The army told people to leave opposition-held locations and arms dumps. But its advance on Benghazi — and the prospect of a decisive battle in the insurrection — was hampered by clashes around Ajbadiyah, a strategic town on the coastal highway.
Slow-paced international efforts to halt the bloodshed moved up a gear when the United States, previously cool on the idea of a foreign military intervention, said the U.N. Security Council should consider actions beyond a no-fly zone over Libya.
“We are discussing very seriously and leading efforts in the Council around a range of actions that we believe could be effective in protecting civilians,” US Ambassador to the United Nations Susan Rice said in New York.
“The US view is that we need to be prepared to contemplate steps that include but perhaps go beyond a no-fly zone.”
Washington had initially reacted cautiously to Arab League and European calls for a no-fly zone over Libya, with some officials concerned it could be militarily ineffective or politically damaging.
Diplomats told Reuters that the United States, Britain and France now supported the idea of the council authorizing military action such as airstrikes to protect civilian areas.
Russia, however, and other council members are resisting the proposals.
The change appeared to driven by the increasing plight of the rebels, who are fighting to end 41 years of rule by Gaddafi.
Their ill-equipped forces have been driven back by troops backed by tanks, artillery and war planes from towns they had seized last month in the early days of the uprising.
A message on Al-Libya state television told people in Benghazi, seat of the insurgents’ provisional national council, that the army was coming “to support you and to cleanse your city from armed gangs”.
“It urges you to keep out by midnight of areas where the armed men and weapon storage areas are located,” it said.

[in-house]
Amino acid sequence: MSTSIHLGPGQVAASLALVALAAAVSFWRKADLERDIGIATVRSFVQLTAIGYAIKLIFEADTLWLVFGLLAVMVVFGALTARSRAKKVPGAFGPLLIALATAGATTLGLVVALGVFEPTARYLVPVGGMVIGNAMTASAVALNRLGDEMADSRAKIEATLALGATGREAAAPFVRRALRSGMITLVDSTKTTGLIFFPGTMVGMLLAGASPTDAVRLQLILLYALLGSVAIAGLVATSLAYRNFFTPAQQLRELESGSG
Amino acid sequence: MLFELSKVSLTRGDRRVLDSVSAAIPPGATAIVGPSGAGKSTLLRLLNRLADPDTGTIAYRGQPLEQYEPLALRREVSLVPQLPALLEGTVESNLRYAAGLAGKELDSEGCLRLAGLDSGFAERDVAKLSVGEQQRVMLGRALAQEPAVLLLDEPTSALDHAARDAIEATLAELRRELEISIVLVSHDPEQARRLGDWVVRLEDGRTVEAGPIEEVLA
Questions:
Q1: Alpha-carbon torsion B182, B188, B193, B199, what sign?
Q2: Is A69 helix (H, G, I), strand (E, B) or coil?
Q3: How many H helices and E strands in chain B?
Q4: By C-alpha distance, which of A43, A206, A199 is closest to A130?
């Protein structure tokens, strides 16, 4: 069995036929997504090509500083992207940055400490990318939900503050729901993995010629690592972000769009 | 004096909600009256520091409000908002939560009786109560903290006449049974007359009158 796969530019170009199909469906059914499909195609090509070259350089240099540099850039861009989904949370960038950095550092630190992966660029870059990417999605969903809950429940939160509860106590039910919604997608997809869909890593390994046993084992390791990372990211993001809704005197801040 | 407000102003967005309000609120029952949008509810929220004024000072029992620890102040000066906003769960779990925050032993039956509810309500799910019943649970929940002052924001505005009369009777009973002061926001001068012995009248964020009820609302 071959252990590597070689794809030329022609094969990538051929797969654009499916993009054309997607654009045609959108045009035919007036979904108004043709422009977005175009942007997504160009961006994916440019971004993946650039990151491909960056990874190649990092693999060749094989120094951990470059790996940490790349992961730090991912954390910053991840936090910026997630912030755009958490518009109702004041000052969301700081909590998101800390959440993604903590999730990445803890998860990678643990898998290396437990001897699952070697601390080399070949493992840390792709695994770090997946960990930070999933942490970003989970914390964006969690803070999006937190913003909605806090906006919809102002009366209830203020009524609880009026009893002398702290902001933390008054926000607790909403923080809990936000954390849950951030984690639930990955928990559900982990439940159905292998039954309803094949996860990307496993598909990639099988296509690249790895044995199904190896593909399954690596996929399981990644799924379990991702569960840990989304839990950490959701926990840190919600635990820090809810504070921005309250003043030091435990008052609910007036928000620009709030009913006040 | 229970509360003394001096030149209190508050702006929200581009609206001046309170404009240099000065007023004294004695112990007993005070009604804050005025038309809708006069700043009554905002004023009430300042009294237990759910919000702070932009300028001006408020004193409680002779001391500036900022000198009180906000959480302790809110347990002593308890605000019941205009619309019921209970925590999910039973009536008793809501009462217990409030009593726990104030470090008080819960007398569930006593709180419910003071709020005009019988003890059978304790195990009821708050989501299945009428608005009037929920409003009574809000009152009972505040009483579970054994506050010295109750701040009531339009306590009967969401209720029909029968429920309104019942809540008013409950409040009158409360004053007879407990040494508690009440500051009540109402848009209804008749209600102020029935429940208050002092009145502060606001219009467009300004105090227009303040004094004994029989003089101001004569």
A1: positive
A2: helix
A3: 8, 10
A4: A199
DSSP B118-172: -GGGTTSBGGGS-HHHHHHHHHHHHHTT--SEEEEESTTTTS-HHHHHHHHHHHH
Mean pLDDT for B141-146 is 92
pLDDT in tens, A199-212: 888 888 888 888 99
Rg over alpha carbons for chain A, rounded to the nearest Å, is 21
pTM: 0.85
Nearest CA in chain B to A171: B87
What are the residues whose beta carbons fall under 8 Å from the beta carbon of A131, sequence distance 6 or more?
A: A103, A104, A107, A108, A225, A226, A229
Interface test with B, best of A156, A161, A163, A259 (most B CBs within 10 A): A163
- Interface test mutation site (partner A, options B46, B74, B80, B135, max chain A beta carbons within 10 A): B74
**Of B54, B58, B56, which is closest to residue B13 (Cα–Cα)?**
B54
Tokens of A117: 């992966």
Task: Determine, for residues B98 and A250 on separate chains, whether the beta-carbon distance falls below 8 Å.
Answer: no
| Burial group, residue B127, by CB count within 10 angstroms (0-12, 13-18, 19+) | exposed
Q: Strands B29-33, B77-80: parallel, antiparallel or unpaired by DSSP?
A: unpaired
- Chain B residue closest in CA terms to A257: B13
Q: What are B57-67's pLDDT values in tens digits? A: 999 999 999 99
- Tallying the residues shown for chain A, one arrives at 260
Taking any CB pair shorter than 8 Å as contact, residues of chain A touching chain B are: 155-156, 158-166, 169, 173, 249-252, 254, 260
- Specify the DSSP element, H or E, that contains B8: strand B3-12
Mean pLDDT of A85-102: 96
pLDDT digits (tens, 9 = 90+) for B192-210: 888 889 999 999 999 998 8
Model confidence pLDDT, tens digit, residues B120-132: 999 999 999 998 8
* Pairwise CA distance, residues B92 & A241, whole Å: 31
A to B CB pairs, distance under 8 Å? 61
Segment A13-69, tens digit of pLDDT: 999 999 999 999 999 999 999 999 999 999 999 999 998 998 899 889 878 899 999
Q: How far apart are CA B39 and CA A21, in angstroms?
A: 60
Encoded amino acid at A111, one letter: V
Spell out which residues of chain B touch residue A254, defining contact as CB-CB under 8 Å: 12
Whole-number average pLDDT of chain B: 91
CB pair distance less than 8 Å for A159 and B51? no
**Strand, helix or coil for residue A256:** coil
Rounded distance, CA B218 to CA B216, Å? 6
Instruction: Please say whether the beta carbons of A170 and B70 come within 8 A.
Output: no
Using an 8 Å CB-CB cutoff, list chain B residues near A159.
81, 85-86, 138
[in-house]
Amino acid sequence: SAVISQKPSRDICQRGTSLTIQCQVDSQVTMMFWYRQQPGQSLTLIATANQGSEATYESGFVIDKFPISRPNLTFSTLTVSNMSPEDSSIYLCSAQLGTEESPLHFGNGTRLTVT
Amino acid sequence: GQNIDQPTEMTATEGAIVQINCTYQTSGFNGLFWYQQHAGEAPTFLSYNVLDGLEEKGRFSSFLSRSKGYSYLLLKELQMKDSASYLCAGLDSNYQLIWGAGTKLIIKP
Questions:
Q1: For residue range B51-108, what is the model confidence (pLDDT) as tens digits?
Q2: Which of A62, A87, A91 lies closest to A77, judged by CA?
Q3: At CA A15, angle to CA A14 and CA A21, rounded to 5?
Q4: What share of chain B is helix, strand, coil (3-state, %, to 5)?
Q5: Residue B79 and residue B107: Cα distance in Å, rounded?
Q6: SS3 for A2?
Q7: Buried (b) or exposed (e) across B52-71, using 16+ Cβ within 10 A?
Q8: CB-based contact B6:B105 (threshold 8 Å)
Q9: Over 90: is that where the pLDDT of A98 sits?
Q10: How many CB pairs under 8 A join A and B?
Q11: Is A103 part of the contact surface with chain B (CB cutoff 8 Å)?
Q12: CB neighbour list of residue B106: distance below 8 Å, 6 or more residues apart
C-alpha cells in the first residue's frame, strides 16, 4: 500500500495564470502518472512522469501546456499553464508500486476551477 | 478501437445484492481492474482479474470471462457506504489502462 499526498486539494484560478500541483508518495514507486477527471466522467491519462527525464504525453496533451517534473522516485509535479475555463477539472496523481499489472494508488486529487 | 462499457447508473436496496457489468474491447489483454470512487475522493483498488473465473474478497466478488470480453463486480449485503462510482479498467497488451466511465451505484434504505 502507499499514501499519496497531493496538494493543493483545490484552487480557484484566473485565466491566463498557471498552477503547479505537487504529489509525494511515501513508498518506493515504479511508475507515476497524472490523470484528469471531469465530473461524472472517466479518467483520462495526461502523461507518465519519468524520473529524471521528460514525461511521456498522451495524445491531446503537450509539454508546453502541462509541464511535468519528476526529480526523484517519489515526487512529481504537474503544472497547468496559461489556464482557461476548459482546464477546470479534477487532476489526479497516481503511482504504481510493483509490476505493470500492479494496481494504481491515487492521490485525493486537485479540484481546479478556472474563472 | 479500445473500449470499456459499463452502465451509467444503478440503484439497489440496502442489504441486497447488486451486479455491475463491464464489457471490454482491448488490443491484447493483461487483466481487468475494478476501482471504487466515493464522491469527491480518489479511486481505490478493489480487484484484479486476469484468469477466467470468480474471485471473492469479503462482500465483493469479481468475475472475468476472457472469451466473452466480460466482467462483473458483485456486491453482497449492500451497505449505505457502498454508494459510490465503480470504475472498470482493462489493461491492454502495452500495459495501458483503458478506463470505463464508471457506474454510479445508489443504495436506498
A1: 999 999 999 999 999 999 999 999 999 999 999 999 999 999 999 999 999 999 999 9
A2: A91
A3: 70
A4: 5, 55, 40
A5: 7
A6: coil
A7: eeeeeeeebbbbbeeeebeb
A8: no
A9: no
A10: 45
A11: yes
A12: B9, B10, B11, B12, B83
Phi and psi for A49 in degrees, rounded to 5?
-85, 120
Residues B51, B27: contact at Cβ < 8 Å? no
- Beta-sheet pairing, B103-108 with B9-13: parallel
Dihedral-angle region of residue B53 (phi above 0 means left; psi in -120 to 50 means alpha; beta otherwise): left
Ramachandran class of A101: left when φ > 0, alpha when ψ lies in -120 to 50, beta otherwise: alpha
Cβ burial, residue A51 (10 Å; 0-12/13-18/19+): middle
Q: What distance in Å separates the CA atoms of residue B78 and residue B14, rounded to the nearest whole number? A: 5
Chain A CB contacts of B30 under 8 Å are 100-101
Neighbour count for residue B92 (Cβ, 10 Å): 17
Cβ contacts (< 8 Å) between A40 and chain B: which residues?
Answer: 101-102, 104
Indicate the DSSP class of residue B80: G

Benghazi residents poured scorn on the army announcement and said the eastern city was quiet.
Jibril al-Huweidi, a doctor at al-Jalaa Hospital in Benghazi, said ambulances were shuttling between there and Ajdabiyah, 150 km (90 miles) to the south on the Gulf of Sirte.
“They could not have made it repeatedly back and forth tonight if the evil forces were closing in on Benghazi” he said.
Muammar Gaddafi said on Lebanon’s LBC TV he did not expect a battle in Benghazi because Libyan people have been helping get rid of “al Qaeda” elements there — repeating his contention that the rebels are linked to the Islamist militant organisation.
One of Gaddafi’s sons, Saif al-Islam, had told Euronews TV on Wednesday morning that Libya’s second largest city would fall whether or not the international community agreed to impose a no-fly zone. “Everything will be over in 48 hours,” he said.
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Aid agencies the International Committee of the Red Cross (ICRC) and Medecins Sans Frontieres have withdrawn their workers from Benghazi due to safety concerns. [ID:nLDE72F2L4]
But Libyan rebels fought back against Gaddafi’s troops around Ajdabiyah, hampering their advance.
One rebel officer said on Wednesday morning the town had been lost and the fighters who remained had handed over their weapons. But on Wednesday evening, residents said the rebels held the centre of town while government forces were mostly on its eastern outskirts.
In New York, anti-Gaddafi Libyan diplomat, Ibrahim Dabbashi, told reporters that foreign powers had 10 hours to act against Gaddafi’s troops.
“We think that…in the coming hours, we will see a real genocide in Ajdabiyah if the international community does not move quickly and prevent him from attacking it with a large force,” he said.
A rebel spokesman in Benghazi, Mustafa Gheriani, told Reuters by telephone that they were holding Ajdabiyah.
“But the fighting is fierce. His supply lines are stretched so he can’t push on from Ajdabiyah. We’ve got some surprises in store. We’re going to fight on and we’re going to win.”Reuters